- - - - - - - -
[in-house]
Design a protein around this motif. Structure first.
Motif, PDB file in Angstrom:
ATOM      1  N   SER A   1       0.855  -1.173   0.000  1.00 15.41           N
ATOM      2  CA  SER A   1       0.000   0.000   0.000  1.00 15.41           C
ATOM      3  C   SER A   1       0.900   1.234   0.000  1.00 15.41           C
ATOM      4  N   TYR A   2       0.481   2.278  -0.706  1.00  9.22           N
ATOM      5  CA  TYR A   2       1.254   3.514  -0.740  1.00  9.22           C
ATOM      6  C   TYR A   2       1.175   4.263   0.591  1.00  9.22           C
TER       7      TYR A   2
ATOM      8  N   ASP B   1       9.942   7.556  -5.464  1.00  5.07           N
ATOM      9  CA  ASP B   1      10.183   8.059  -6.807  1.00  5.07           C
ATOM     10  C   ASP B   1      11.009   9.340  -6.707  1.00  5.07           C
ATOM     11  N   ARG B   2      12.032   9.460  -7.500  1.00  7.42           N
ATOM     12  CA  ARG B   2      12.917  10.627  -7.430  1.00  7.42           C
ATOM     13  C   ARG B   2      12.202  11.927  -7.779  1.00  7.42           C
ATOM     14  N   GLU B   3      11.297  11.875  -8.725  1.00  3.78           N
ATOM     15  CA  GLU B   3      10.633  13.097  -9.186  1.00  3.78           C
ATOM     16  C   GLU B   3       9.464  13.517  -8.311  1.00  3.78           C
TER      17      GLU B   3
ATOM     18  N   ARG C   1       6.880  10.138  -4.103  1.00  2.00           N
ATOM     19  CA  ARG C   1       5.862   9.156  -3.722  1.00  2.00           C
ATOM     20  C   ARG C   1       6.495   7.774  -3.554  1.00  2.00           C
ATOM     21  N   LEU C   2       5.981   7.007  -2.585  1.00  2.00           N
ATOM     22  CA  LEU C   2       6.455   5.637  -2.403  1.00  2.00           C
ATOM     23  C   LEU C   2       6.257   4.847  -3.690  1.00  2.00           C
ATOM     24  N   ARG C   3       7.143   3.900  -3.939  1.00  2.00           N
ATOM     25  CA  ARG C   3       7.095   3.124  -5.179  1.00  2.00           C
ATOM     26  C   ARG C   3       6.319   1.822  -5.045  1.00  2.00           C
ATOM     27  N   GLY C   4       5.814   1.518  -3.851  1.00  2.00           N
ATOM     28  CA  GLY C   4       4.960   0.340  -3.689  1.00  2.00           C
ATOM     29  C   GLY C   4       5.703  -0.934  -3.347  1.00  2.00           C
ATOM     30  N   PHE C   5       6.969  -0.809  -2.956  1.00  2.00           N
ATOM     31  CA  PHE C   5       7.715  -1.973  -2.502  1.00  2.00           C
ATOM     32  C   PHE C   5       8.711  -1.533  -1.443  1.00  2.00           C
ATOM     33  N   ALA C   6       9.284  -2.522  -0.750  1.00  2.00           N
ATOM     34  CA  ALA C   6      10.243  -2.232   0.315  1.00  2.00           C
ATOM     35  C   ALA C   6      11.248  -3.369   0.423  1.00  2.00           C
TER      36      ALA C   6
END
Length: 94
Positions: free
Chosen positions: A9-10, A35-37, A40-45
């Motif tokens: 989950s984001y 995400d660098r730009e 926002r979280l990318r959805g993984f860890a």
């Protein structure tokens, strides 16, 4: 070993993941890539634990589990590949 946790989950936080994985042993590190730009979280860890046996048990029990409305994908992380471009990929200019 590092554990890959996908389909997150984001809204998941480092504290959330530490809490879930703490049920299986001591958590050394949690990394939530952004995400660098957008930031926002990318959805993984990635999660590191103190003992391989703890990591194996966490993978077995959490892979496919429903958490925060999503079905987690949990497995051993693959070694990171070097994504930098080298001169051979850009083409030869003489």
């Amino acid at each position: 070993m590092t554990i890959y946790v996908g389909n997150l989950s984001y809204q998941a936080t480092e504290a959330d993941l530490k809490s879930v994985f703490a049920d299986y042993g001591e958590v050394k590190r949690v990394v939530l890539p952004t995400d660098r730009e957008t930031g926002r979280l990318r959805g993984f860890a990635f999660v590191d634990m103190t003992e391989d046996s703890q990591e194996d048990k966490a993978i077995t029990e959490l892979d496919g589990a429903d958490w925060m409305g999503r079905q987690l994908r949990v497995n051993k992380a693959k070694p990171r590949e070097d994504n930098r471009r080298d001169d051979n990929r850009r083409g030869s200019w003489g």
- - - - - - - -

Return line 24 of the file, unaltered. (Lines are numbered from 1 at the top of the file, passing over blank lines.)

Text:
ATOM     21  N   LEU C   2       5.981   7.007  -2.585  1.00  2.00           N